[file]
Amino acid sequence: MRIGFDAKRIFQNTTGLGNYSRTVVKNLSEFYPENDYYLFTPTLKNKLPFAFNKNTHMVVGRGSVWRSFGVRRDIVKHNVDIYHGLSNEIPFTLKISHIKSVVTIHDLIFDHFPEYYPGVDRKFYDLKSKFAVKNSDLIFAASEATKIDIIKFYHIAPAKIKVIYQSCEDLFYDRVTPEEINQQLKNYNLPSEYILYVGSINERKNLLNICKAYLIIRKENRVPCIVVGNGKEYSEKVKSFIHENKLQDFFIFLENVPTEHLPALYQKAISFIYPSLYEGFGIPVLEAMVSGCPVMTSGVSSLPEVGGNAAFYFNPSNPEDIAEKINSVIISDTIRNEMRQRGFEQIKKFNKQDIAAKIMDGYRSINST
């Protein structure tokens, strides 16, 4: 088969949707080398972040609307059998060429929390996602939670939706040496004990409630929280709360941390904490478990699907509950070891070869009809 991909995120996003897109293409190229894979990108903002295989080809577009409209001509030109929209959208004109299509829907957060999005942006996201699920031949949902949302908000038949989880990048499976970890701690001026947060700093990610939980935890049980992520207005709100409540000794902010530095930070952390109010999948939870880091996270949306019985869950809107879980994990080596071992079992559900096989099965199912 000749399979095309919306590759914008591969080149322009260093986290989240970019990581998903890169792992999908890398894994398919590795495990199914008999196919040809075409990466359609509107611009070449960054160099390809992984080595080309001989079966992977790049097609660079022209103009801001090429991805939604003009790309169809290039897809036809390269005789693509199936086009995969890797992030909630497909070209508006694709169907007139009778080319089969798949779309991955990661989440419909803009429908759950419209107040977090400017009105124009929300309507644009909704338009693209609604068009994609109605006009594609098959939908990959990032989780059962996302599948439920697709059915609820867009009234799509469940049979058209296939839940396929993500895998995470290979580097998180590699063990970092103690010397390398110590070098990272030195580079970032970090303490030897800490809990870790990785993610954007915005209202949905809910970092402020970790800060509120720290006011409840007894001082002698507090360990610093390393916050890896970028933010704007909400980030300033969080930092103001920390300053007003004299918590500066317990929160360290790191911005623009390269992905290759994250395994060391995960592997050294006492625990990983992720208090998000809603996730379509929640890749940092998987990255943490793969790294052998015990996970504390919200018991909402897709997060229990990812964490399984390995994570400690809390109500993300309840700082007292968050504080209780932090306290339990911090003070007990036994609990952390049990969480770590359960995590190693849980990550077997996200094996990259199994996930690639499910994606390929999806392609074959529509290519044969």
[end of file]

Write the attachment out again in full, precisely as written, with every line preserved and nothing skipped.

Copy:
Amino acid sequence: MRIGFDAKRIFQNTTGLGNYSRTVVKNLSEFYPENDYYLFTPTLKNKLPFAFNKNTHMVVGRGSVWRSFGVRRDIVKHNVDIYHGLSNEIPFTLKISHIKSVVTIHDLIFDHFPEYYPGVDRKFYDLKSKFAVKNSDLIFAASEATKIDIIKFYHIAPAKIKVIYQSCEDLFYDRVTPEEINQQLKNYNLPSEYILYVGSINERKNLLNICKAYLIIRKENRVPCIVVGNGKEYSEKVKSFIHENKLQDFFIFLENVPTEHLPALYQKAISFIYPSLYEGFGIPVLEAMVSGCPVMTSGVSSLPEVGGNAAFYFNPSNPEDIAEKINSVIISDTIRNEMRQRGFEQIKKFNKQDIAAKIMDGYRSINST
């Protein structure tokens, strides 16, 4: 088969949707080398972040609307059998060429929390996602939670939706040496004990409630929280709360941390904490478990699907509950070891070869009809 991909995120996003897109293409190229894979990108903002295989080809577009409209001509030109929209959208004109299509829907957060999005942006996201699920031949949902949302908000038949989880990048499976970890701690001026947060700093990610939980935890049980992520207005709100409540000794902010530095930070952390109010999948939870880091996270949306019985869950809107879980994990080596071992079992559900096989099965199912 000749399979095309919306590759914008591969080149322009260093986290989240970019990581998903890169792992999908890398894994398919590795495990199914008999196919040809075409990466359609509107611009070449960054160099390809992984080595080309001989079966992977790049097609660079022209103009801001090429991805939604003009790309169809290039897809036809390269005789693509199936086009995969890797992030909630497909070209508006694709169907007139009778080319089969798949779309991955990661989440419909803009429908759950419209107040977090400017009105124009929300309507644009909704338009693209609604068009994609109605006009594609098959939908990959990032989780059962996302599948439920697709059915609820867009009234799509469940049979058209296939839940396929993500895998995470290979580097998180590699063990970092103690010397390398110590070098990272030195580079970032970090303490030897800490809990870790990785993610954007915005209202949905809910970092402020970790800060509120720290006011409840007894001082002698507090360990610093390393916050890896970028933010704007909400980030300033969080930092103001920390300053007003004299918590500066317990929160360290790191911005623009390269992905290759994250395994060391995960592997050294006492625990990983992720208090998000809603996730379509929640890749940092998987990255943490793969790294052998015990996970504390919200018991909402897709997060229990990812964490399984390995994570400690809390109500993300309840700082007292968050504080209780932090306290339990911090003070007990036994609990952390049990969480770590359960995590190693849980990550077997996200094996990259199994996930690639499910994606390929999806392609074959529509290519044969």